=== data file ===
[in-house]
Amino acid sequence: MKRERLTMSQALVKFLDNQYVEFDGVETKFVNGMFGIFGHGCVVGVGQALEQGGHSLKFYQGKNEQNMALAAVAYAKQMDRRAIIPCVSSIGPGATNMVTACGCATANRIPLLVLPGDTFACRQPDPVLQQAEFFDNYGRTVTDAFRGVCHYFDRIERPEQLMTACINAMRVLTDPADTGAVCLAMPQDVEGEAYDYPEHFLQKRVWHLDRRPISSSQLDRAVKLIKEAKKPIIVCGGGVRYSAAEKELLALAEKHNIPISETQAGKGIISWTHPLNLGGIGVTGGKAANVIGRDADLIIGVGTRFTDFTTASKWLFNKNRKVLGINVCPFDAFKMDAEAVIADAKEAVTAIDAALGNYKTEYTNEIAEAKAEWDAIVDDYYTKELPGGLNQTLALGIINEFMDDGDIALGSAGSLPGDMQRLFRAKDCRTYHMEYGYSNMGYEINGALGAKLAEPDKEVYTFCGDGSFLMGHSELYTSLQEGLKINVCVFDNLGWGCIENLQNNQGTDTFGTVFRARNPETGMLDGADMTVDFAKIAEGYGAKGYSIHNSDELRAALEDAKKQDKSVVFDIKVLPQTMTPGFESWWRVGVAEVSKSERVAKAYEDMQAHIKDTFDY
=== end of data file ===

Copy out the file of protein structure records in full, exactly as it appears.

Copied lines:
[in-house]
Amino acid sequence: MKRERLTMSQALVKFLDNQYVEFDGVETKFVNGMFGIFGHGCVVGVGQALEQGGHSLKFYQGKNEQNMALAAVAYAKQMDRRAIIPCVSSIGPGATNMVTACGCATANRIPLLVLPGDTFACRQPDPVLQQAEFFDNYGRTVTDAFRGVCHYFDRIERPEQLMTACINAMRVLTDPADTGAVCLAMPQDVEGEAYDYPEHFLQKRVWHLDRRPISSSQLDRAVKLIKEAKKPIIVCGGGVRYSAAEKELLALAEKHNIPISETQAGKGIISWTHPLNLGGIGVTGGKAANVIGRDADLIIGVGTRFTDFTTASKWLFNKNRKVLGINVCPFDAFKMDAEAVIADAKEAVTAIDAALGNYKTEYTNEIAEAKAEWDAIVDDYYTKELPGGLNQTLALGIINEFMDDGDIALGSAGSLPGDMQRLFRAKDCRTYHMEYGYSNMGYEINGALGAKLAEPDKEVYTFCGDGSFLMGHSELYTSLQEGLKINVCVFDNLGWGCIENLQNNQGTDTFGTVFRARNPETGMLDGADMTVDFAKIAEGYGAKGYSIHNSDELRAALEDAKKQDKSVVFDIKVLPQTMTPGFESWWRVGVAEVSKSERVAKAYEDMQAHIKDTFDY